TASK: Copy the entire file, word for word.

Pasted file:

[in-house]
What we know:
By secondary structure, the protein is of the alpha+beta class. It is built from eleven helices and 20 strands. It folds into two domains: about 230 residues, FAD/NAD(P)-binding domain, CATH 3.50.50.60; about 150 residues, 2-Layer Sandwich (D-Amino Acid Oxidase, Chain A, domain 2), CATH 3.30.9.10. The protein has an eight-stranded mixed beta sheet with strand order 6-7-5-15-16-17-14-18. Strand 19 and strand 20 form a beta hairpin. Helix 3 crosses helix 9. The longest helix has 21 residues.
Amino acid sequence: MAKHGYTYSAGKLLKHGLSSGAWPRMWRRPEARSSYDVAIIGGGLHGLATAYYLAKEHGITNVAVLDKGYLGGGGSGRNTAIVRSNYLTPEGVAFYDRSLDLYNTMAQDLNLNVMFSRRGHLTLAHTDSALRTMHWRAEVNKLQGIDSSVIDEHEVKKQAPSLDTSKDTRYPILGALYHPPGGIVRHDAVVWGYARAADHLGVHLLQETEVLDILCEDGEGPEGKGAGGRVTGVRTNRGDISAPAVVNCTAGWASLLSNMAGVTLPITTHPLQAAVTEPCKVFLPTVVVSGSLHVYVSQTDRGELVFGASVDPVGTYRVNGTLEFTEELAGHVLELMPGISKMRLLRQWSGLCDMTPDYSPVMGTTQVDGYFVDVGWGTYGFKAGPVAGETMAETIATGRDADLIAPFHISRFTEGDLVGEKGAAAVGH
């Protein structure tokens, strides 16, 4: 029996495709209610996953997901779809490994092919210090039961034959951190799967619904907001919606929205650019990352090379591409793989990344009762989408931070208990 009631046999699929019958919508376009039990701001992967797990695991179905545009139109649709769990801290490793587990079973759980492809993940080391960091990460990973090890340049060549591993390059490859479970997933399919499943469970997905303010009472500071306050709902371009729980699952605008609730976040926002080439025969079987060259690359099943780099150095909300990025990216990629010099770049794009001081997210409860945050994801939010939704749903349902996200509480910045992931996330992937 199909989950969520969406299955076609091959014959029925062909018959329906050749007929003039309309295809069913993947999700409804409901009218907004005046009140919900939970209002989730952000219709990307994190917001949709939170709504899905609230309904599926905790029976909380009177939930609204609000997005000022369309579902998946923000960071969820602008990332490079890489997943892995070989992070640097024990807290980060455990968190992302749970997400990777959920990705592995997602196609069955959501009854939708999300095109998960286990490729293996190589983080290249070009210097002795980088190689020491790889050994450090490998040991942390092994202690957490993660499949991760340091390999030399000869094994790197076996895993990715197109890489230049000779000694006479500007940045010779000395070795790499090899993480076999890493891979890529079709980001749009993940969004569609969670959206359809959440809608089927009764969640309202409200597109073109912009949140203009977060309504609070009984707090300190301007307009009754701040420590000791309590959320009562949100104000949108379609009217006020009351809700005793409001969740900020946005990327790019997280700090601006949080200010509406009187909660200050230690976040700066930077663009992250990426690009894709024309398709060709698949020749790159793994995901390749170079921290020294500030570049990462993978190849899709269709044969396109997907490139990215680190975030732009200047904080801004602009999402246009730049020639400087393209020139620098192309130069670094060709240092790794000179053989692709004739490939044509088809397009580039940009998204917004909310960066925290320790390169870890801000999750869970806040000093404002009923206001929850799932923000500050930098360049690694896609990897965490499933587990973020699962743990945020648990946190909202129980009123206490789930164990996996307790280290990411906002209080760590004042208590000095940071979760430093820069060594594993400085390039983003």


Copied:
[in-house]
What we know:
By secondary structure, the protein is of the alpha+beta class. It is built from eleven helices and 20 strands. It folds into two domains: about 230 residues, FAD/NAD(P)-binding domain, CATH 3.50.50.60; about 150 residues, 2-Layer Sandwich (D-Amino Acid Oxidase, Chain A, domain 2), CATH 3.30.9.10. The protein has an eight-stranded mixed beta sheet with strand order 6-7-5-15-16-17-14-18. Strand 19 and strand 20 form a beta hairpin. Helix 3 crosses helix 9. The longest helix has 21 residues.
Amino acid sequence: MAKHGYTYSAGKLLKHGLSSGAWPRMWRRPEARSSYDVAIIGGGLHGLATAYYLAKEHGITNVAVLDKGYLGGGGSGRNTAIVRSNYLTPEGVAFYDRSLDLYNTMAQDLNLNVMFSRRGHLTLAHTDSALRTMHWRAEVNKLQGIDSSVIDEHEVKKQAPSLDTSKDTRYPILGALYHPPGGIVRHDAVVWGYARAADHLGVHLLQETEVLDILCEDGEGPEGKGAGGRVTGVRTNRGDISAPAVVNCTAGWASLLSNMAGVTLPITTHPLQAAVTEPCKVFLPTVVVSGSLHVYVSQTDRGELVFGASVDPVGTYRVNGTLEFTEELAGHVLELMPGISKMRLLRQWSGLCDMTPDYSPVMGTTQVDGYFVDVGWGTYGFKAGPVAGETMAETIATGRDADLIAPFHISRFTEGDLVGEKGAAAVGH
């Protein structure tokens, strides 16, 4: 029996495709209610996953997901779809490994092919210090039961034959951190799967619904907001919606929205650019990352090379591409793989990344009762989408931070208990 009631046999699929019958919508376009039990701001992967797990695991179905545009139109649709769990801290490793587990079973759980492809993940080391960091990460990973090890340049060549591993390059490859479970997933399919499943469970997905303010009472500071306050709902371009729980699952605008609730976040926002080439025969079987060259690359099943780099150095909300990025990216990629010099770049794009001081997210409860945050994801939010939704749903349902996200509480910045992931996330992937 199909989950969520969406299955076609091959014959029925062909018959329906050749007929003039309309295809069913993947999700409804409901009218907004005046009140919900939970209002989730952000219709990307994190917001949709939170709504899905609230309904599926905790029976909380009177939930609204609000997005000022369309579902998946923000960071969820602008990332490079890489997943892995070989992070640097024990807290980060455990968190992302749970997400990777959920990705592995997602196609069955959501009854939708999300095109998960286990490729293996190589983080290249070009210097002795980088190689020491790889050994450090490998040991942390092994202690957490993660499949991760340091390999030399000869094994790197076996895993990715197109890489230049000779000694006479500007940045010779000395070795790499090899993480076999890493891979890529079709980001749009993940969004569609969670959206359809959440809608089927009764969640309202409200597109073109912009949140203009977060309504609070009984707090300190301007307009009754701040420590000791309590959320009562949100104000949108379609009217006020009351809700005793409001969740900020946005990327790019997280700090601006949080200010509406009187909660200050230690976040700066930077663009992250990426690009894709024309398709060709698949020749790159793994995901390749170079921290020294500030570049990462993978190849899709269709044969396109997907490139990215680190975030732009200047904080801004602009999402246009730049020639400087393209020139620098192309130069670094060709240092790794000179053989692709004739490939044509088809397009580039940009998204917004909310960066925290320790390169870890801000999750869970806040000093404002009923206001929850799932923000500050930098360049690694896609990897965490499933587990973020699962743990945020648990946190909202129980009123206490789930164990996996307790280290990411906002209080760590004042208590000095940071979760430093820069060594594993400085390039983003």